On 1st May 2015, the NSW Mines Rescue Challenge commenced at Cobar, after a three year hiatus. RCT was a proud sponsor of the event, and I had the privilege to personally attend.
There were ten teams that took part in simulated, real-life rescue situations; Fire-fighting, road accident rescue, high angle vertical rescue, search & rescue, endurance, and triage.
The idea being to allow the public and families to visit and see what mum and dad do at work. A lot of families came along and the kids got a big kick out of seeing “parents at work”.
It was interesting also from the fact that there were mainly male team members – but one ‘Cadia Mine Pink Team’ who were an all-female team – mixed it with the best of the all-male teams – great to see.
I must admit I had never attended such an event and always felt a bit sceptical of the value. However, after attending this event and watching the team efforts these situations create, I would recommend that if anyone has a chance to attend or watch such events to do so. It certainly high lights to the public the stress that can be placed on the Rescue Team members involved.
This whole event is termed the “Cobar Challenge” and the logic is that it is not a “competition” as such but an opportunity for teams to observe other more experienced teams – how they approach the various staged events and how best to approach some dangerous rescue efforts. We often see various images on TV at times with rescue teams doing stuff on the surface – but doing that underground requires a special approach and some good leadership skills. There were “volunteer patients” for the various events to simulate some very real life-like situations with some professional make-up for injuries as seen in the photos below. Overall, it has been a great weekend and certainly a very interesting one.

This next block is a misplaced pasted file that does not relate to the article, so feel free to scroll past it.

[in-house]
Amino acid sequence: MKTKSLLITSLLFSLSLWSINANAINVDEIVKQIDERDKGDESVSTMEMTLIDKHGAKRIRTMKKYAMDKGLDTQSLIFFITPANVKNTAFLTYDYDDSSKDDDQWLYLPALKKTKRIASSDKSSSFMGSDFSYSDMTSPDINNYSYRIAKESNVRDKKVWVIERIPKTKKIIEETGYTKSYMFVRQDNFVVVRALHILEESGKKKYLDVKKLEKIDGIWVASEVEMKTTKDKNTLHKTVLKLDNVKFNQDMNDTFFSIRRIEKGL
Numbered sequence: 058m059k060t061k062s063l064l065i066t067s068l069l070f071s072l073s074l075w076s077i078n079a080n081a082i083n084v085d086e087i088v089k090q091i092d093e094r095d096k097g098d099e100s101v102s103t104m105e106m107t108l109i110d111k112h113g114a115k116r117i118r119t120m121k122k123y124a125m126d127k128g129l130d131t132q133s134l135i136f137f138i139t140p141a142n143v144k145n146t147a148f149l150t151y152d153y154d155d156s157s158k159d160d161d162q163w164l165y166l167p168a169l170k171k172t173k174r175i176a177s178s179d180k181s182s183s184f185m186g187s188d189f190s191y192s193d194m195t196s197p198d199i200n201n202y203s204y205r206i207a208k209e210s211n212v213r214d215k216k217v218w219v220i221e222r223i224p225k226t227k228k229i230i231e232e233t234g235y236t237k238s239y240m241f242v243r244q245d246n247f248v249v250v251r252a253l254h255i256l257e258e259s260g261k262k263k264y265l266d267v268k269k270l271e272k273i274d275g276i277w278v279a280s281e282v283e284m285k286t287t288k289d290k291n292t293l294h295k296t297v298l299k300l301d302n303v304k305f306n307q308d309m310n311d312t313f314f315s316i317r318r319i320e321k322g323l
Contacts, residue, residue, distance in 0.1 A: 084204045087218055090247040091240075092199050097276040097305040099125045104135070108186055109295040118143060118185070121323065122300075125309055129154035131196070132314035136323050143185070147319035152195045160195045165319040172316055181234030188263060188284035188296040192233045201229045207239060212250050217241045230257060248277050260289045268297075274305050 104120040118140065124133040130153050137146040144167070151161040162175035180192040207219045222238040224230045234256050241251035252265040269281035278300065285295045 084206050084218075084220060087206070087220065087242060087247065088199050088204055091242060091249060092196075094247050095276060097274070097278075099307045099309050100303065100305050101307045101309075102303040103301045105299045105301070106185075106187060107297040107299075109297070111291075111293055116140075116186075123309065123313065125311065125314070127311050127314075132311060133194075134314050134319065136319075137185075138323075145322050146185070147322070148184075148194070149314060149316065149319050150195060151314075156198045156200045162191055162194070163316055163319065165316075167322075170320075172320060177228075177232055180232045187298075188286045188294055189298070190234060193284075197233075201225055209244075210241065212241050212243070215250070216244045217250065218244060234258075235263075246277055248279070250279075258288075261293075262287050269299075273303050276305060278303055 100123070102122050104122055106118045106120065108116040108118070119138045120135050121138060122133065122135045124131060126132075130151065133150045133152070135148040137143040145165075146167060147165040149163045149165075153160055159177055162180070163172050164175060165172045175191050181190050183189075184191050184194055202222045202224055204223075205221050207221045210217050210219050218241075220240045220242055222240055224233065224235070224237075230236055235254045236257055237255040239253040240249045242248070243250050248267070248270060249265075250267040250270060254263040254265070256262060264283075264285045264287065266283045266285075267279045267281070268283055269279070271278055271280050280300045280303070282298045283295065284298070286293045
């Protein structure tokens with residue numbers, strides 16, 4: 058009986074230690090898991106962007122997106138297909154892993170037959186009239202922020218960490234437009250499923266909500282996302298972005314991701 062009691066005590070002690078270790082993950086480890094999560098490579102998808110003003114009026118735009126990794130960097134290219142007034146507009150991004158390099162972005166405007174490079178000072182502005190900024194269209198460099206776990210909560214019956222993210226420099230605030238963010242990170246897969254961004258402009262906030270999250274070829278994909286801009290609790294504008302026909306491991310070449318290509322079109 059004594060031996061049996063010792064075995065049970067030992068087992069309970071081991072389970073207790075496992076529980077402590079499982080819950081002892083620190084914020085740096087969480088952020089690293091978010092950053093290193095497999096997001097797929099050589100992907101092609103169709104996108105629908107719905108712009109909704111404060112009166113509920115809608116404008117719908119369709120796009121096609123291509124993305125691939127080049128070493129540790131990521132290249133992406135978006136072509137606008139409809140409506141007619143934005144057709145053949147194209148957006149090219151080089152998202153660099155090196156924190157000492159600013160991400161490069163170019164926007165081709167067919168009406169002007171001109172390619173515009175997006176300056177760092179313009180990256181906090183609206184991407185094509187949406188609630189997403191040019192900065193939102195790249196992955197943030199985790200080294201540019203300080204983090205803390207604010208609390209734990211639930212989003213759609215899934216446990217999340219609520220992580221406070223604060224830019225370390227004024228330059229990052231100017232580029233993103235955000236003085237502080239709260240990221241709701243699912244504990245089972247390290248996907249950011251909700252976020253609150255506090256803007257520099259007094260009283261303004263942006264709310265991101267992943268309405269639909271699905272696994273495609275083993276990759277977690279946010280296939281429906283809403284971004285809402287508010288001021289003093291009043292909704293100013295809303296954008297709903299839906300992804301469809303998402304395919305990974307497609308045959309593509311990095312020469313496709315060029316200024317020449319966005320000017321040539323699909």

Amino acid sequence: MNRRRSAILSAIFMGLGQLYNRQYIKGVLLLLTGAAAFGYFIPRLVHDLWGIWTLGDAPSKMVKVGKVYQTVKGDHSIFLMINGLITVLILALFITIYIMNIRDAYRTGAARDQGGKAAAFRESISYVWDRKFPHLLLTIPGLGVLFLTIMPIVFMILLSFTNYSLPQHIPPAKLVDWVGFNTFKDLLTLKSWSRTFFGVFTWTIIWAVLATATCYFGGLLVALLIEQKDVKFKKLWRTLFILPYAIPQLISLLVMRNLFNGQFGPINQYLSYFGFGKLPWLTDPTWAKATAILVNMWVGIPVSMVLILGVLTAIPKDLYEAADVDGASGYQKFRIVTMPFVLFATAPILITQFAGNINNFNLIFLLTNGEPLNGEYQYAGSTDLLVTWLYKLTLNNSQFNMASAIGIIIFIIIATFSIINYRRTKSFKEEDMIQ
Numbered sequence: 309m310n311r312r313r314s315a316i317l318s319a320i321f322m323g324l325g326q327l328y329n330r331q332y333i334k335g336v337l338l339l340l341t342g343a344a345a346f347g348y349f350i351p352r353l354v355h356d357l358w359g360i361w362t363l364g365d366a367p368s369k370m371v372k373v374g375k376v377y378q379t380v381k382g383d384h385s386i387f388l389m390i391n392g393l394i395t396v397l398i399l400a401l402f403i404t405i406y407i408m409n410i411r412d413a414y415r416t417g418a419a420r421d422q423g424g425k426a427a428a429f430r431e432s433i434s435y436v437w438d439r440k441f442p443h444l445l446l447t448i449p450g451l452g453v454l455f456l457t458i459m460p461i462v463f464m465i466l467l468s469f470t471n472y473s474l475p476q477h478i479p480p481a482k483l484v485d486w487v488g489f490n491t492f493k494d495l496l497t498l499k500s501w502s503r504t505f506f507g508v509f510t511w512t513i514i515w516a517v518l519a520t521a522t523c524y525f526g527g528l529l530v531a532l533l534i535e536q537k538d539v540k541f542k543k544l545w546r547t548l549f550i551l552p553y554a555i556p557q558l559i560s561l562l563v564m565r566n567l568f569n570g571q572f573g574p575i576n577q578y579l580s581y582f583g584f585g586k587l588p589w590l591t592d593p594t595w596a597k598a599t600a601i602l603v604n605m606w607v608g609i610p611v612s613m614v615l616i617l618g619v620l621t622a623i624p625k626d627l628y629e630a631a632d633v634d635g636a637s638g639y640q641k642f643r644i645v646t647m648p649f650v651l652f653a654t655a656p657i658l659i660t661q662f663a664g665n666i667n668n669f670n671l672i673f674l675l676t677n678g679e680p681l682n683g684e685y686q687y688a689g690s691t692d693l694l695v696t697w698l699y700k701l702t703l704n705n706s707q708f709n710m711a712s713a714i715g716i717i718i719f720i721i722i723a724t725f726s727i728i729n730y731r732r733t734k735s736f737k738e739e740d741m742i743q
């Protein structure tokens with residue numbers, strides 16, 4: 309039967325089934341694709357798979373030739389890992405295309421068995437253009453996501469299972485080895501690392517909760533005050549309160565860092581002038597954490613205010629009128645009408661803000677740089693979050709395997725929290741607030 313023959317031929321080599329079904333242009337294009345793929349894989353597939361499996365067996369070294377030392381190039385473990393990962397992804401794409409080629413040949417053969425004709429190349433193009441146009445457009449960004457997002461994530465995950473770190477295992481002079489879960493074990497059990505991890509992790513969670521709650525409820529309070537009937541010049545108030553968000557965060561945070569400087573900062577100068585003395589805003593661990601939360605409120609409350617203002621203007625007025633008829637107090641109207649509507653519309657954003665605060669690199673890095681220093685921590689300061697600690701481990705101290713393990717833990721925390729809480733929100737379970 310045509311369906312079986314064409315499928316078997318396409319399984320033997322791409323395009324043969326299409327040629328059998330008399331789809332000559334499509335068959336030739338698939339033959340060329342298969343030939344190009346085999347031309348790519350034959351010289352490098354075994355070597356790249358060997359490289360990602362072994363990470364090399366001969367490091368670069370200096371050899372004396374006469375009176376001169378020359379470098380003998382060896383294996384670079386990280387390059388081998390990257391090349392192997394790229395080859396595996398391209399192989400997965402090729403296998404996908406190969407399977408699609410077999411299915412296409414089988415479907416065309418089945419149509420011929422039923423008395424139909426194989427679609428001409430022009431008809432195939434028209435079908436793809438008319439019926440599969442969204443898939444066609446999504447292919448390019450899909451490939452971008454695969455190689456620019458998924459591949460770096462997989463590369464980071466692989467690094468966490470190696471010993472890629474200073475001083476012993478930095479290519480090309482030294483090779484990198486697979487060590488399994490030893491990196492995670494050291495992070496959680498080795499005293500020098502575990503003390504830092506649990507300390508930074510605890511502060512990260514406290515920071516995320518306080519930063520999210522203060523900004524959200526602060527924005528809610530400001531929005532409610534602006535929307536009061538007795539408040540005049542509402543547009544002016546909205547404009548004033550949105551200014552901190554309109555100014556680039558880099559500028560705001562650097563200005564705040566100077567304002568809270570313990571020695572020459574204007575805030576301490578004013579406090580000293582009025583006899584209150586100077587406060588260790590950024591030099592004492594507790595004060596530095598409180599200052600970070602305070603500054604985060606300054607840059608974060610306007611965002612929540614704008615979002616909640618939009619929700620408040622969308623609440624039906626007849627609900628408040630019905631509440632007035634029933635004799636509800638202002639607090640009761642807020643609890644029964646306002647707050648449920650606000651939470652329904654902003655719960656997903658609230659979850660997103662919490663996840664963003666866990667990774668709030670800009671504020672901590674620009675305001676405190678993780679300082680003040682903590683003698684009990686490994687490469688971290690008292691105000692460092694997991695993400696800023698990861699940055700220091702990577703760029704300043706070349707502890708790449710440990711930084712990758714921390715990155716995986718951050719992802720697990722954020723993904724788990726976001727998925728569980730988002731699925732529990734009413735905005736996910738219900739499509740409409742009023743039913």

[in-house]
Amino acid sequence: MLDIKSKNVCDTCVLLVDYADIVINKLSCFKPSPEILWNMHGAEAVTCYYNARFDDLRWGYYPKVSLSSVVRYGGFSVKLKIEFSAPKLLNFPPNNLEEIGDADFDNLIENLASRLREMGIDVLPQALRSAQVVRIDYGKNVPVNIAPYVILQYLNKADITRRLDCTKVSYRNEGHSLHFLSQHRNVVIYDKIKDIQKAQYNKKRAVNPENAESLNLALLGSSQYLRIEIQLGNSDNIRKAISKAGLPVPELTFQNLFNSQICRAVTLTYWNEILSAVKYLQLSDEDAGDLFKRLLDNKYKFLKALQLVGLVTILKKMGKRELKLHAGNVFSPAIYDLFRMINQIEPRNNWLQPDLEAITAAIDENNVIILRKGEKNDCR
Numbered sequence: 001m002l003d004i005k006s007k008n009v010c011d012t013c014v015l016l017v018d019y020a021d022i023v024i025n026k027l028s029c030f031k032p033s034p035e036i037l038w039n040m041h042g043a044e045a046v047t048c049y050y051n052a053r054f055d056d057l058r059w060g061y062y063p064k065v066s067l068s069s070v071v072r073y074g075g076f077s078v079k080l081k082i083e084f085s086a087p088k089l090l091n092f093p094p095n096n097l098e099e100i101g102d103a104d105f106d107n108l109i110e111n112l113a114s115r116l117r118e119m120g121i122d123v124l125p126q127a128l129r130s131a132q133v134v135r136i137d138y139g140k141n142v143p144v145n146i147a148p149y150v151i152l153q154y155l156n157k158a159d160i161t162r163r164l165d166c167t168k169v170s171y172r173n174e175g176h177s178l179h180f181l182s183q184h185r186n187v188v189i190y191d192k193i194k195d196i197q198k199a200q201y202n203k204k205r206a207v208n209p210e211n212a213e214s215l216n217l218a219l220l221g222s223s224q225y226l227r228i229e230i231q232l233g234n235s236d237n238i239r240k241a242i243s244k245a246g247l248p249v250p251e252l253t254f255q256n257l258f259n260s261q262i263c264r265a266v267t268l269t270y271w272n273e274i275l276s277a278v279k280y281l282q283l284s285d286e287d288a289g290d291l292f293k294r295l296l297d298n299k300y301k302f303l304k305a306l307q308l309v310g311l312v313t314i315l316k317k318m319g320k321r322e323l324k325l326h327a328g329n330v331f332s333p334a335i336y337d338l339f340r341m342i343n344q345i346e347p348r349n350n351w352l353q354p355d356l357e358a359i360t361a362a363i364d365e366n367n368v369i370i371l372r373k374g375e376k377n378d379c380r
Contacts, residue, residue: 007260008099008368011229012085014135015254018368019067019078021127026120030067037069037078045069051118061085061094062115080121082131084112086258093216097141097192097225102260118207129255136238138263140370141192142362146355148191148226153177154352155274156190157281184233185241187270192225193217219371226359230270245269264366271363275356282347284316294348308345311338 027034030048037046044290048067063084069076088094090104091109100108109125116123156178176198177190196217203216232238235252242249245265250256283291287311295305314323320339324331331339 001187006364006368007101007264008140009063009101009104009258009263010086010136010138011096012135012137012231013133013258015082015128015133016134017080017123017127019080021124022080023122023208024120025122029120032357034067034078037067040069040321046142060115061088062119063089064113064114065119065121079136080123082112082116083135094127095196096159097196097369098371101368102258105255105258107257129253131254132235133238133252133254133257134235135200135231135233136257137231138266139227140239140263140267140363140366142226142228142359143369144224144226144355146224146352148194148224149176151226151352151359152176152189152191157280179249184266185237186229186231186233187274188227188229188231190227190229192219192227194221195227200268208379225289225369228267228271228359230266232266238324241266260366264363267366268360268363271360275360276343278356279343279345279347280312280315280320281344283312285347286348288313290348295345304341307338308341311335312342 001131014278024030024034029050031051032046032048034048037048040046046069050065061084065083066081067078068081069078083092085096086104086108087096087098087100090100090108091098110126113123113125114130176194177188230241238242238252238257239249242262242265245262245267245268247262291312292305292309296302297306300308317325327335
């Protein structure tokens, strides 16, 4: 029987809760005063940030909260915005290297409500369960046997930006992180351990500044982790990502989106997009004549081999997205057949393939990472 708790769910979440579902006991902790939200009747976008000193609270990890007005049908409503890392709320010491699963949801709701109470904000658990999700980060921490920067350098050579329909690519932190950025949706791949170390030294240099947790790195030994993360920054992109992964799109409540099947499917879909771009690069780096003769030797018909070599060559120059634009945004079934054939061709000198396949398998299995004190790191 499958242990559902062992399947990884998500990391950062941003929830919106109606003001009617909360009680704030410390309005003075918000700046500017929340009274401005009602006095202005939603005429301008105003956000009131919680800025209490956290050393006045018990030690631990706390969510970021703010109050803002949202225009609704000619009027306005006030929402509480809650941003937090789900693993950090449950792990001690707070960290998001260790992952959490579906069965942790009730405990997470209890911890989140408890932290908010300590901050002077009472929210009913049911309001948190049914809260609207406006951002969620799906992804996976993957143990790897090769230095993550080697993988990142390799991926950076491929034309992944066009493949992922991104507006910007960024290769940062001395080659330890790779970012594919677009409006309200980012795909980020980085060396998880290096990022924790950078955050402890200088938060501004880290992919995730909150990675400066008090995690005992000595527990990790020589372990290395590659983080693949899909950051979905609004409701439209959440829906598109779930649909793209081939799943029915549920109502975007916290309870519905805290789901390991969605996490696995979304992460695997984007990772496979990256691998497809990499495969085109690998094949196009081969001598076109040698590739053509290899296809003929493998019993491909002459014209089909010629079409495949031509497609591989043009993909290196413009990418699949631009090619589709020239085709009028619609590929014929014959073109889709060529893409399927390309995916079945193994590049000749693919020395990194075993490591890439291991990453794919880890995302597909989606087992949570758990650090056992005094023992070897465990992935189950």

There was a special guest speaker – Mike “Bugs” Ogle from “Check-6” out of the US. “Bugs” was a Fighter Pilot for 28 years with the US Air Force, flying F16’s. “Bugs” had some very interesting and graphic video clips of incidents from his military experiences and the American Military in general. But the focus of his presentations was all about what was required in eliminating or minimising “the risk”. It showed that regardless of what Industry you work in, the same awareness and attitude are required to “work safely”. Often it is about quality and attention to detail that makes the difference and leadership of the team.
Overall the event was such a success. The support of the various sponsors was well recognised at the final awards dinner and was well received by all involved.
It was such a great networking opportunity to meet with some of the mines people who I would not normally get to interact with – particularly on the Safety side of the operations.
Thank you RCT for sponsoring such a fantastic event and providing me the opportunity to experience it first-hand.